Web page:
Charles Atkinson – University of Pikeville
It’s essentially a living entity that never sleeps, Charles Atkinson says of the University of Pikeville, where he serves as director of facilities. And the backbone of this small private school in Eastern Kentucky that’s affiliated with the Presbyterian Church?
“That’s my team,” he says. “It’s what I tell the new members. Without us, nobody would want to go to this school. They wouldn’t have a place to learn or teach.”
But they do, and he emphasizes how UPike is ascertaining its status as a university of choice, with much help from Atkinson and his 15 to 20 hired hands in facilities and construction. On his watch, the nursing school has undergone an overhaul, and he anticipates grounds soon to break for a dental school partially seeded by $25 million from the estate of the late Kentucky lawyer and philanthropist Robert B. Tanner.
A new aluminum bridge has replaced the crumbling concrete structure that was used to connect a couple of the campus buildings. Then there are plans to upgrade the athletic facilities, as well as him overseeing such standard projects as refreshing dormitories, administrative buildings and the library with energy savings and Americans with Disabilities compliance in mind.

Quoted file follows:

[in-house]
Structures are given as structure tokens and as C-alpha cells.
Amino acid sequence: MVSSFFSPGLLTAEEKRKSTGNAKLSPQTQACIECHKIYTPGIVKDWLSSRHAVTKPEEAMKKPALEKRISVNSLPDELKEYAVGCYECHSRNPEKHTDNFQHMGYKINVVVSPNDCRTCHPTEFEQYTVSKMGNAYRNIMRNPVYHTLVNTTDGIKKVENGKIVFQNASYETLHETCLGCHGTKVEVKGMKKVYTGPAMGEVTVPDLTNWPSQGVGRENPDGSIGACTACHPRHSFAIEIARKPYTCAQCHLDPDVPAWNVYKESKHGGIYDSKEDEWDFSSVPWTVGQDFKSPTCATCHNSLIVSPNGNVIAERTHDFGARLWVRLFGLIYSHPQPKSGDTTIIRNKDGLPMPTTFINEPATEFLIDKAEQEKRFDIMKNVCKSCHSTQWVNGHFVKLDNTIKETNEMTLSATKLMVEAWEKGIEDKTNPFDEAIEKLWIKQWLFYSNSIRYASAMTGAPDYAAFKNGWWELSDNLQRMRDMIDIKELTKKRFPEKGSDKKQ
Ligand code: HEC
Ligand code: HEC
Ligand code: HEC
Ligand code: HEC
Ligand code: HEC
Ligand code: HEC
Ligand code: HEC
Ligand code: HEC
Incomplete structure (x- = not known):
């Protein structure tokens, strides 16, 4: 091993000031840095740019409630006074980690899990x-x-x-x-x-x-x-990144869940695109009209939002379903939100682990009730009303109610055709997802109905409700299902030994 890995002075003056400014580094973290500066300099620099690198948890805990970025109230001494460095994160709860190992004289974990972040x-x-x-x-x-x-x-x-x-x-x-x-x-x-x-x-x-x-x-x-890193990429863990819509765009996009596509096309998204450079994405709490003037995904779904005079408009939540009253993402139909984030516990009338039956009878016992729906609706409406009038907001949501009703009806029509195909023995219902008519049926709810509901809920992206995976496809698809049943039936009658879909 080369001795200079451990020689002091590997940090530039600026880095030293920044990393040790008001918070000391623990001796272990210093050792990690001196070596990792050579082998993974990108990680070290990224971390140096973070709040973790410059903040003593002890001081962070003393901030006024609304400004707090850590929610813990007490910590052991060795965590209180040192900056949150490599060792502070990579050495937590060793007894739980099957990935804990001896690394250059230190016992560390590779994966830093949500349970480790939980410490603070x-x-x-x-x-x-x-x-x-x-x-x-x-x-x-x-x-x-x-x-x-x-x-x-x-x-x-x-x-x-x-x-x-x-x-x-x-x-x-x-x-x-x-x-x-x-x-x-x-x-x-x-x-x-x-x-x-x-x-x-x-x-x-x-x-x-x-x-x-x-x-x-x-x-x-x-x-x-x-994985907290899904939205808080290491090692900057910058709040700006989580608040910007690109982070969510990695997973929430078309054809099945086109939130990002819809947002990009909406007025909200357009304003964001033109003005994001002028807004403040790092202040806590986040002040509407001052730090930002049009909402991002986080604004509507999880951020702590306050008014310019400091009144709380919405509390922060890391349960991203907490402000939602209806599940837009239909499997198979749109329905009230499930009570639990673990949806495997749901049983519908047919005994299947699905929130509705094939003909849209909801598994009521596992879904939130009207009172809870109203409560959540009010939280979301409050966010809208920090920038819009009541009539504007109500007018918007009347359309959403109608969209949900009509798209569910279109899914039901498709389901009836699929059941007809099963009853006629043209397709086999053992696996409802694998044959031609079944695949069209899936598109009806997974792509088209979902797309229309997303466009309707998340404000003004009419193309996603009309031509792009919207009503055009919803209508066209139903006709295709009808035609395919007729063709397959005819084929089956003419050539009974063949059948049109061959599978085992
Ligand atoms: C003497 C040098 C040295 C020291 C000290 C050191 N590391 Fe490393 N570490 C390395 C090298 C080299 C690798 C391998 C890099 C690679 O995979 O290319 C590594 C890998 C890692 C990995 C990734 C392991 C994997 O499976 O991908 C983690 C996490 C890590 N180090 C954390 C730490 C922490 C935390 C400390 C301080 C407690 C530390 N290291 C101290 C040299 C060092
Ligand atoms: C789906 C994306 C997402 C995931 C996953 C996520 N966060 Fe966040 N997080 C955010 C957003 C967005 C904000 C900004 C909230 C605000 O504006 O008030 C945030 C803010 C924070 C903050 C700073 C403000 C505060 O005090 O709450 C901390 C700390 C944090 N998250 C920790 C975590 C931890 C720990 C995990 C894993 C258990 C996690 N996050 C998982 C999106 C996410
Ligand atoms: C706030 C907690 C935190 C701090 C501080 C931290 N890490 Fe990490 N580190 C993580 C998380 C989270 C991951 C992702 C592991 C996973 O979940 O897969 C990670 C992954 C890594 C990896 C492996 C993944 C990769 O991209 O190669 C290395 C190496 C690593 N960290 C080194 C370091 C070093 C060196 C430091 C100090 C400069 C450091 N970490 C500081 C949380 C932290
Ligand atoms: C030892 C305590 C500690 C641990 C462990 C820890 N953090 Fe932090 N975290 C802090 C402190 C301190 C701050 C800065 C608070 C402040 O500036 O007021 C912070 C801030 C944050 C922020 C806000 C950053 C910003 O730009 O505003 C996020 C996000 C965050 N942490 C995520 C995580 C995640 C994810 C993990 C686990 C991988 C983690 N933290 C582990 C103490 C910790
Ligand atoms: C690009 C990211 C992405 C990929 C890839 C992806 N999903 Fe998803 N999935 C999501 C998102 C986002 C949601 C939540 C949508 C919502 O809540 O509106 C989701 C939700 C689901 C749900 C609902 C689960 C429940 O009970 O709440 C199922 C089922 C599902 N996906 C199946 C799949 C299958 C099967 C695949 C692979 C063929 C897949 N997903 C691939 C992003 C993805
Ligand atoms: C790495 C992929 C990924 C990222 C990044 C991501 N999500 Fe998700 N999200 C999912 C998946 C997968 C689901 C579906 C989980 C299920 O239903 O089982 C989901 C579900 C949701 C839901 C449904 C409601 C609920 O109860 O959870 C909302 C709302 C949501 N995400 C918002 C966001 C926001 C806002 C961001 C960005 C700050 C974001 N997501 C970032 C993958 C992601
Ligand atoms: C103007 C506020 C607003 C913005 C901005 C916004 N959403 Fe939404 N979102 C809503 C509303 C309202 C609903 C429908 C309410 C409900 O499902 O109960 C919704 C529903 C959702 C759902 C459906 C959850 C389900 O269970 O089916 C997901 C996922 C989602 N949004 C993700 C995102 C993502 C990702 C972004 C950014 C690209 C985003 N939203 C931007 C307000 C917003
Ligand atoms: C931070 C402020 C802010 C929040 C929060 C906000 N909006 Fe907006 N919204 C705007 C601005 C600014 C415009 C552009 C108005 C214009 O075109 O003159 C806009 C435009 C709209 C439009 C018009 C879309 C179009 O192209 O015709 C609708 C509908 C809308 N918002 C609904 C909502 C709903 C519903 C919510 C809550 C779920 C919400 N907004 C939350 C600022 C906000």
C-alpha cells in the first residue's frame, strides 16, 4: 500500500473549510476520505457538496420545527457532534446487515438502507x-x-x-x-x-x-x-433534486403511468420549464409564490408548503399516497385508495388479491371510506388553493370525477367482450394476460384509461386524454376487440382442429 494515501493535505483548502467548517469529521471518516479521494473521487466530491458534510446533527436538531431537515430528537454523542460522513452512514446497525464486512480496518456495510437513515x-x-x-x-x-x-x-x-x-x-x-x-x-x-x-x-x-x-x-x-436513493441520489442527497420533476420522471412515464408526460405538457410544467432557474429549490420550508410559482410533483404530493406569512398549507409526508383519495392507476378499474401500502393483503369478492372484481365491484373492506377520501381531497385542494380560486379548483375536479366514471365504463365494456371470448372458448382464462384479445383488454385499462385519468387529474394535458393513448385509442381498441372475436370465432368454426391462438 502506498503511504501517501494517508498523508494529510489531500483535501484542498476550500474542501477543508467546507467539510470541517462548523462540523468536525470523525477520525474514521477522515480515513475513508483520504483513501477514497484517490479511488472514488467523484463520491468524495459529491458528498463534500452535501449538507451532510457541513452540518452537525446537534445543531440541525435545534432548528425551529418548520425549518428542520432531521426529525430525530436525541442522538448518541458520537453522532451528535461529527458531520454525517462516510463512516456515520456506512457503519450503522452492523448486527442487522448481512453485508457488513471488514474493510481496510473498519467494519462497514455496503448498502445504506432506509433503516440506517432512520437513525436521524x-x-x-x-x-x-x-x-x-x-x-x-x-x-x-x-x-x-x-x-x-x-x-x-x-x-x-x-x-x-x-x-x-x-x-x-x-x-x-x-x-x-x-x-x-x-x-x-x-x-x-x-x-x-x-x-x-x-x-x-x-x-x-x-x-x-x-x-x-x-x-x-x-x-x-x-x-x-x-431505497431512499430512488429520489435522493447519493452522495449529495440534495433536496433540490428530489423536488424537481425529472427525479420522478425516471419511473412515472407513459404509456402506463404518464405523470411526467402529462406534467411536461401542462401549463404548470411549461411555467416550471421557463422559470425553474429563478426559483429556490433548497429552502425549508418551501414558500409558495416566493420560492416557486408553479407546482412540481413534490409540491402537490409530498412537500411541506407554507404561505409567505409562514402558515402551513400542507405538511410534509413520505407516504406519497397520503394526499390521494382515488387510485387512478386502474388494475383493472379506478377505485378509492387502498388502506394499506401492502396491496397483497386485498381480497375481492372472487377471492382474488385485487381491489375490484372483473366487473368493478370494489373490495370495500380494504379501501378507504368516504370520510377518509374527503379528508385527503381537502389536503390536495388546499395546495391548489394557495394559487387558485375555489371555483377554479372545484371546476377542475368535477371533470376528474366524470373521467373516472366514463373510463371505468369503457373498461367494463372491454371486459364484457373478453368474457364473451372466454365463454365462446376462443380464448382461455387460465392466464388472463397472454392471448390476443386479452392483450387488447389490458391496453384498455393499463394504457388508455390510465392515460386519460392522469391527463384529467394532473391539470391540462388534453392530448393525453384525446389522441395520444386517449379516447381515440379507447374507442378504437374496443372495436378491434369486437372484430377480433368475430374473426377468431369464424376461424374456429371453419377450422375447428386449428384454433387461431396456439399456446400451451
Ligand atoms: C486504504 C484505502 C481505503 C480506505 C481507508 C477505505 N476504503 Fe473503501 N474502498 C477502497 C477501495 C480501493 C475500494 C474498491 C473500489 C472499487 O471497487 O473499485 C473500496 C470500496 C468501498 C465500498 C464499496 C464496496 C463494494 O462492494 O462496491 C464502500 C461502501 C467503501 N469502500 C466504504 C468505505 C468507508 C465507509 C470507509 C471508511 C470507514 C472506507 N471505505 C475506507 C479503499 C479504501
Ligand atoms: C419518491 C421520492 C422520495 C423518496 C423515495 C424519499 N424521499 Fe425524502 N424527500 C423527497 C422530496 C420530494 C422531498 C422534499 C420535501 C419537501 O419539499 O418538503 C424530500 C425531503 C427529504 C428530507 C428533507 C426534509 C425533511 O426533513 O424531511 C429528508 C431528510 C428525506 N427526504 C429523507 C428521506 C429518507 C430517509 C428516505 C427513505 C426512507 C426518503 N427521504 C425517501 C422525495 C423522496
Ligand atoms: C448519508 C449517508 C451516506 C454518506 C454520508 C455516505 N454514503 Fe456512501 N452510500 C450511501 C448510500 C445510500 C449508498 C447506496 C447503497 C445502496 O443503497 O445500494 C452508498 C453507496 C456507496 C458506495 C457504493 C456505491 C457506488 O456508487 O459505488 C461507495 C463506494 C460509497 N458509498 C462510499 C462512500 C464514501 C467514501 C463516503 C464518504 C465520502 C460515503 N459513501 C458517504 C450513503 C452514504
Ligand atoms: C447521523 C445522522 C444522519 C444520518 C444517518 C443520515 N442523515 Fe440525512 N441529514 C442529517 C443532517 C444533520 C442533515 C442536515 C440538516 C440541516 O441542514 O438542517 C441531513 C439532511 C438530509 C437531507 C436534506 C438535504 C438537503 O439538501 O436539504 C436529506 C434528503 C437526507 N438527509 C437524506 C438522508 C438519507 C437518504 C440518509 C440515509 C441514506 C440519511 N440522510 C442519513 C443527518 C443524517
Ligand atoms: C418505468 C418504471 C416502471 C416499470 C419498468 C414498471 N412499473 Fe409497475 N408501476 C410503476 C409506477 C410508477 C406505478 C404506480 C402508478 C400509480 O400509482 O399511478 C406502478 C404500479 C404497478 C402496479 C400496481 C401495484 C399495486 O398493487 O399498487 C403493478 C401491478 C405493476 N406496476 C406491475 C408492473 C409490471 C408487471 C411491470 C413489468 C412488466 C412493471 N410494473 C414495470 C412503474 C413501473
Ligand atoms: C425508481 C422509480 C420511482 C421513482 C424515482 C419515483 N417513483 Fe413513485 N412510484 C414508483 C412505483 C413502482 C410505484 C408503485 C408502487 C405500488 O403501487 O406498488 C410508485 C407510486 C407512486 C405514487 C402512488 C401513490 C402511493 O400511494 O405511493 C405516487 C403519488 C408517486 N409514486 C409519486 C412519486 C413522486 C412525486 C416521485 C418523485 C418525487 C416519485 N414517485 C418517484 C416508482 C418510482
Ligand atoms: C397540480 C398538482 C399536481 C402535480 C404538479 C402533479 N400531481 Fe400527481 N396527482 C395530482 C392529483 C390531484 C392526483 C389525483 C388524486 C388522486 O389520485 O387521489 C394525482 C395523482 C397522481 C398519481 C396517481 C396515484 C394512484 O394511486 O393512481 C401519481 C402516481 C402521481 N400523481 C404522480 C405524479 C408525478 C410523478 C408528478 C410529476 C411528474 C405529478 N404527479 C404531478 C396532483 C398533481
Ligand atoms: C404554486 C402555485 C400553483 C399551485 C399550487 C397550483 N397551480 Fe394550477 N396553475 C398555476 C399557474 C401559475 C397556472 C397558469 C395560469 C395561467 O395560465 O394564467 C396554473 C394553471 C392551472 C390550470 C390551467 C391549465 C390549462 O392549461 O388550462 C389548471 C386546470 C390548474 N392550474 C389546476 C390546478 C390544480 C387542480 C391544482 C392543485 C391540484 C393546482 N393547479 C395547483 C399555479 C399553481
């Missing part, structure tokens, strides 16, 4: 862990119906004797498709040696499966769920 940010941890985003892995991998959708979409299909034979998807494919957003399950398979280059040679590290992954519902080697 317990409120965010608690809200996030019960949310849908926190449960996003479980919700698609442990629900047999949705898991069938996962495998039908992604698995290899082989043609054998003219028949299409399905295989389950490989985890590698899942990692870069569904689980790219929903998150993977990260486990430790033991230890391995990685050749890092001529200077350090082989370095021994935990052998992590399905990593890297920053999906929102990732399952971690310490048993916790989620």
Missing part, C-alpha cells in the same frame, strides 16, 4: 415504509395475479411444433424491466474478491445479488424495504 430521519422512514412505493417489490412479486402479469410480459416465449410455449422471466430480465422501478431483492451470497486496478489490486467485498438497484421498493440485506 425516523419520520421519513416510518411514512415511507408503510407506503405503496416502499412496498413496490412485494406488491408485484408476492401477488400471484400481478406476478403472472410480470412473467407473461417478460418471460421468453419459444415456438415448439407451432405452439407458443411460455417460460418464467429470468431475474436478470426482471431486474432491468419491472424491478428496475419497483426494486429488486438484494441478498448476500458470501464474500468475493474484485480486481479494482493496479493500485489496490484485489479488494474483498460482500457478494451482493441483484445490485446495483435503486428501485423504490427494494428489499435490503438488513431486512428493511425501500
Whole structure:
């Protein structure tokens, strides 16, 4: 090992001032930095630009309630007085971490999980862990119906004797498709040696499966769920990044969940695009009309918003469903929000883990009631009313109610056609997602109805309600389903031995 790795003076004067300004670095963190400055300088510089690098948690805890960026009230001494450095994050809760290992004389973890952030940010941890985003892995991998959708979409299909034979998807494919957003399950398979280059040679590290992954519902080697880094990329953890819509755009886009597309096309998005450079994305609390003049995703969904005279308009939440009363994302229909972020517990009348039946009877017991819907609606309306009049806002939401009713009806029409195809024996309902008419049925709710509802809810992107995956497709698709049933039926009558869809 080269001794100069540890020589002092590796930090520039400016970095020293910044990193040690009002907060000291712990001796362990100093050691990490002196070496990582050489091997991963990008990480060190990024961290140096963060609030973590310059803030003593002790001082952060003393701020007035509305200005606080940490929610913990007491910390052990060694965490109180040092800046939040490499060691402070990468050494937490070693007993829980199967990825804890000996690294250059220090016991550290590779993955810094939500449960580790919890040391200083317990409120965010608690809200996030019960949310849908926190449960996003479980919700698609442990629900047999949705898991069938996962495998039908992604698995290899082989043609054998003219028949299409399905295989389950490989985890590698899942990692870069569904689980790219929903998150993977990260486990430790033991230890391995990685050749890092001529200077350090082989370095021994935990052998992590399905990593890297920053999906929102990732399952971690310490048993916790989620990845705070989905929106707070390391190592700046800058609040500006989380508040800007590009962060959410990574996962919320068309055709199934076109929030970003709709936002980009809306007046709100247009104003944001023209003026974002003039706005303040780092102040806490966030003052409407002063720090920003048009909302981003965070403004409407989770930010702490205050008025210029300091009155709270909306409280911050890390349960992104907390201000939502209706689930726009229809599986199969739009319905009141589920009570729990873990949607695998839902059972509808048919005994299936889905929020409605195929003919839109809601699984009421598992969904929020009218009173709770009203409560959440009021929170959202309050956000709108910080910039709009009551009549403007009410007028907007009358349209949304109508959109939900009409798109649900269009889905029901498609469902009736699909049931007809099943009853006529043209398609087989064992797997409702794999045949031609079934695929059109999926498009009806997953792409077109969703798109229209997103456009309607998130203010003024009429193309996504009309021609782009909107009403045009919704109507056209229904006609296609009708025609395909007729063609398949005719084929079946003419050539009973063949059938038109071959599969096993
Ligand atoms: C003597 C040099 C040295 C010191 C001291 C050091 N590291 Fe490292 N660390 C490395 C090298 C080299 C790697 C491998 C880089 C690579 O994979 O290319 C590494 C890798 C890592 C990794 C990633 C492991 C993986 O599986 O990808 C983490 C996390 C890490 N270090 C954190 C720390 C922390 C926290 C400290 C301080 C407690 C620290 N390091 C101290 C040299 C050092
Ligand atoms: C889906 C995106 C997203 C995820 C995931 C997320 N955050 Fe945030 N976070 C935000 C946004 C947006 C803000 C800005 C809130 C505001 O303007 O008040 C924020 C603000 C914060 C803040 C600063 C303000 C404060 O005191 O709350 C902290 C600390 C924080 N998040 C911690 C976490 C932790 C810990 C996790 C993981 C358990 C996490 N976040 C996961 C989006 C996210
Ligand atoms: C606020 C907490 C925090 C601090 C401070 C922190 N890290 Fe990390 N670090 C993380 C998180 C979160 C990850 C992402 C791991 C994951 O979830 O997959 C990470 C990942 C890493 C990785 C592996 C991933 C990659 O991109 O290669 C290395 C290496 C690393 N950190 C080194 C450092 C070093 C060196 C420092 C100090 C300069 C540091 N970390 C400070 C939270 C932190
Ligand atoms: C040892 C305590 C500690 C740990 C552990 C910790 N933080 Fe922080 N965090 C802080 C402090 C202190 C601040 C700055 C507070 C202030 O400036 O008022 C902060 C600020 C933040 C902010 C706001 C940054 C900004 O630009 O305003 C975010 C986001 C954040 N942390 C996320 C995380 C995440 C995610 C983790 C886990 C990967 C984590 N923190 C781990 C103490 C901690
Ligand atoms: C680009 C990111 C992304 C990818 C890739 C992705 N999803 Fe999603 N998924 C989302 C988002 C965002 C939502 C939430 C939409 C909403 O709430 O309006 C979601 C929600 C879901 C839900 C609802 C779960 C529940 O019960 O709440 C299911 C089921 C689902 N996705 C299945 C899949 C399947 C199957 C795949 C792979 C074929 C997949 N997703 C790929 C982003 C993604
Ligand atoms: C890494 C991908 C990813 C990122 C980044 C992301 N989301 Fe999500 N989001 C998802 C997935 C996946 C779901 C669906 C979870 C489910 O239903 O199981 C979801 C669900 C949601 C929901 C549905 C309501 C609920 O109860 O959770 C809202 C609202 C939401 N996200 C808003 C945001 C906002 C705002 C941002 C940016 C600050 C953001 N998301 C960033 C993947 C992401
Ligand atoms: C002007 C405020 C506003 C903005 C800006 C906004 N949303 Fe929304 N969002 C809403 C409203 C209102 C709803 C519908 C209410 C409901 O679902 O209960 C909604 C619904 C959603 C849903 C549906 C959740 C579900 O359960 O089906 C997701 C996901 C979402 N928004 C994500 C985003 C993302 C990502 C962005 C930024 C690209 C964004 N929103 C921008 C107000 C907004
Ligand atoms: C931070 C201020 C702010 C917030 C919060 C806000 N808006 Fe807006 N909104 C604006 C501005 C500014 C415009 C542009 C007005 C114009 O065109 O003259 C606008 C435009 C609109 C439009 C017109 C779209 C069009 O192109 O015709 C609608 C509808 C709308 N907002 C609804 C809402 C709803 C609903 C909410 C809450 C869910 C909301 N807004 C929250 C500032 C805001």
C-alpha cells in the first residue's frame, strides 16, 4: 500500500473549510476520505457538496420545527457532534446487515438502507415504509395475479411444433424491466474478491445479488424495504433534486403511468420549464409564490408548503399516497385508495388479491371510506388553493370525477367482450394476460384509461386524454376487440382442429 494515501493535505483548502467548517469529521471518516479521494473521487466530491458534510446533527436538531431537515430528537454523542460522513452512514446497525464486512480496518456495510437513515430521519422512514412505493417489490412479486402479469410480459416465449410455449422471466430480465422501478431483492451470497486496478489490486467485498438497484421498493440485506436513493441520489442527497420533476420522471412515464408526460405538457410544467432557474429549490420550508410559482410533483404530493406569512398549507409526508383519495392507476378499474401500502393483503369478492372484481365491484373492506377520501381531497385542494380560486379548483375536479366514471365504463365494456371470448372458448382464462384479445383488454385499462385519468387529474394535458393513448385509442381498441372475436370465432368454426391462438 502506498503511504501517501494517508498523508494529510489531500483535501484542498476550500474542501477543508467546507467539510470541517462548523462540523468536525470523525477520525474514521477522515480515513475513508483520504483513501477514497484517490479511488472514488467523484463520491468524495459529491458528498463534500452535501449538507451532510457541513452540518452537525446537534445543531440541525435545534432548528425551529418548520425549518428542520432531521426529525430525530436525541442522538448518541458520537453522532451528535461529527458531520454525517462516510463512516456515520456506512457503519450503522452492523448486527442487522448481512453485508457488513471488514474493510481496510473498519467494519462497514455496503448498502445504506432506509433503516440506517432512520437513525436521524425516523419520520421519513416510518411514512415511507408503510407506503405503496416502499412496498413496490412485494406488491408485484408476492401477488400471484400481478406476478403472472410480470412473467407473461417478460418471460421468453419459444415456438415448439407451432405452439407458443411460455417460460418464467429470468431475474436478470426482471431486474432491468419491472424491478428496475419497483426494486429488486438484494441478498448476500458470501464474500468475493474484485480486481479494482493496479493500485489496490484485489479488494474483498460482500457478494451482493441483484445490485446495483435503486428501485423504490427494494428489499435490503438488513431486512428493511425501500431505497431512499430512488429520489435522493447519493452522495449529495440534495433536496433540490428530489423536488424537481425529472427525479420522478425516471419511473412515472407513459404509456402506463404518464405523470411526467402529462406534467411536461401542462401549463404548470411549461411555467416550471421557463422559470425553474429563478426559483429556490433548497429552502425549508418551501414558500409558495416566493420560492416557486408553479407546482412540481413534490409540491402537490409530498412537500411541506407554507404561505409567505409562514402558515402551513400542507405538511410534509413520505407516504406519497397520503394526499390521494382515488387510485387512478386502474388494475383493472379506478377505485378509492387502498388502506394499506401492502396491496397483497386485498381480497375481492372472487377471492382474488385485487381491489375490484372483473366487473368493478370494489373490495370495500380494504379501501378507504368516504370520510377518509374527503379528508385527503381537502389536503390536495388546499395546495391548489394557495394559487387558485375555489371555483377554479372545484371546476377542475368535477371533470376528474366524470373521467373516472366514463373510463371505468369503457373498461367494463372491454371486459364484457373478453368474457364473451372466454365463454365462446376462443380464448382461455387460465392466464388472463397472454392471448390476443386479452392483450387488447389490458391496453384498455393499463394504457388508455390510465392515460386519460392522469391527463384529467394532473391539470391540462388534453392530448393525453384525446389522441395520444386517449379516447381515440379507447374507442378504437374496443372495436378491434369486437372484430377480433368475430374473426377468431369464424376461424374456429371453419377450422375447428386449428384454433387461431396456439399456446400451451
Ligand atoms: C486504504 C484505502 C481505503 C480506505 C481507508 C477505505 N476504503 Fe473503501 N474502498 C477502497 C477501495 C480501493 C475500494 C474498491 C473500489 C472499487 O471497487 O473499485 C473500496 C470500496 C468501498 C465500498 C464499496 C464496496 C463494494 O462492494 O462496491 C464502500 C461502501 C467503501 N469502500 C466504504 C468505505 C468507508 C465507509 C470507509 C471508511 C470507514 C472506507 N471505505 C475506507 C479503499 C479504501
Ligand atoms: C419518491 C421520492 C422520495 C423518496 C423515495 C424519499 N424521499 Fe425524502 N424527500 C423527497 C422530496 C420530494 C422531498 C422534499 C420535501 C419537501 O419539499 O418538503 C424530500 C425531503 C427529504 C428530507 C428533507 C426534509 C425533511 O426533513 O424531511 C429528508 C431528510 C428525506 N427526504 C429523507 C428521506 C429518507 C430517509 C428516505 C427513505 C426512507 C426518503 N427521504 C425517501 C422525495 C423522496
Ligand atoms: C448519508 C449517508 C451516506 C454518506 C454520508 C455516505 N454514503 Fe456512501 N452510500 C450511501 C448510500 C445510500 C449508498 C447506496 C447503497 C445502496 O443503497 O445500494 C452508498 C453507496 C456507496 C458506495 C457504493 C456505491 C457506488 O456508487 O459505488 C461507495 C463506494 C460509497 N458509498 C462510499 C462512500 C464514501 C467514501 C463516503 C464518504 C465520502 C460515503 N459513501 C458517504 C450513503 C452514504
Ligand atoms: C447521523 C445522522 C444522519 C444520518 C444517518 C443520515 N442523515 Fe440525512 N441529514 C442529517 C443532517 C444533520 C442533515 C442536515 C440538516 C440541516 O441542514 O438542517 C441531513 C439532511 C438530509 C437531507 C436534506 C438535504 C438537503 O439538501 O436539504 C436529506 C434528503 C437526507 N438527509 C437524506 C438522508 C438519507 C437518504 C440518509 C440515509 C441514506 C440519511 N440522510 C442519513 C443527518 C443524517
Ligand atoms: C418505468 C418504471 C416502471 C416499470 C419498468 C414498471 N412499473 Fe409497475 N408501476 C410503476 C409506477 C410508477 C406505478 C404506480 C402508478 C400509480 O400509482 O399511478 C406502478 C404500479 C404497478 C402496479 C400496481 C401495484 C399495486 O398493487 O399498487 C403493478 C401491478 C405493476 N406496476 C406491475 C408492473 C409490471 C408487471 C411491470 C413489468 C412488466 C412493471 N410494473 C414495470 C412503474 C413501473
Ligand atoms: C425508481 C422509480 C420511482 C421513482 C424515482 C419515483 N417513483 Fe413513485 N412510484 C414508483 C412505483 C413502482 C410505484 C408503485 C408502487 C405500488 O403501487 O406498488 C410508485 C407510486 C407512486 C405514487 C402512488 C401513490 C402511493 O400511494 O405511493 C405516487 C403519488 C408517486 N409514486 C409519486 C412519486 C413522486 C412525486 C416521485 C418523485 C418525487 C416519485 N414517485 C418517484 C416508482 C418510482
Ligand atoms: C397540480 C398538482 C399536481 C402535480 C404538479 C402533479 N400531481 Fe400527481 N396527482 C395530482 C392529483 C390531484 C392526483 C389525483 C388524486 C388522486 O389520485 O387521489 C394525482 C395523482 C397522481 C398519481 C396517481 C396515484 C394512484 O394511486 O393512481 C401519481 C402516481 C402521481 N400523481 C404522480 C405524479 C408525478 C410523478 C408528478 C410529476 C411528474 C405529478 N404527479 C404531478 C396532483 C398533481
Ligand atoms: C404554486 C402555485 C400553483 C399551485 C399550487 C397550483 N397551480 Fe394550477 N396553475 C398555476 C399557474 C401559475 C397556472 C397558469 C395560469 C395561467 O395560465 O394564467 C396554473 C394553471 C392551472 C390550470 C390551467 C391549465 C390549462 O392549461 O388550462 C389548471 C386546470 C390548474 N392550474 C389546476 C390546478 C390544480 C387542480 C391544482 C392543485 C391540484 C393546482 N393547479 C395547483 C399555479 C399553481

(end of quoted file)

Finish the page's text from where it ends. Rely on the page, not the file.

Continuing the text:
“We’re not just building buildings, we’re also building campus culture,” Atkinson tells Blueprint in November. “Through our work, we can sell this university as an attractive place for students, faculty and staff.”
Nurturing future nurses
He seems especially proud of his team’s performance in the healthcare facilities. There’s much demand everywhere for young nurses, dentists and dental hygienists, and the shortage can be especially acute in rural regions such as Appalachia, of which Pikeville and its surroundings are part.
The Elliott School of Nursing upgrade was underway when Atkinson joined the university in November 2020 after his 20 years of overseeing facilities and securities at Express Services Inc. in Oklahoma City. Atkinson picked the brain of his retiring predecessor, John Holman, and seamlessly took over the project, continuing the gutting and overhauling of one floor annually and putting the finishing touches on the four-level structure last year.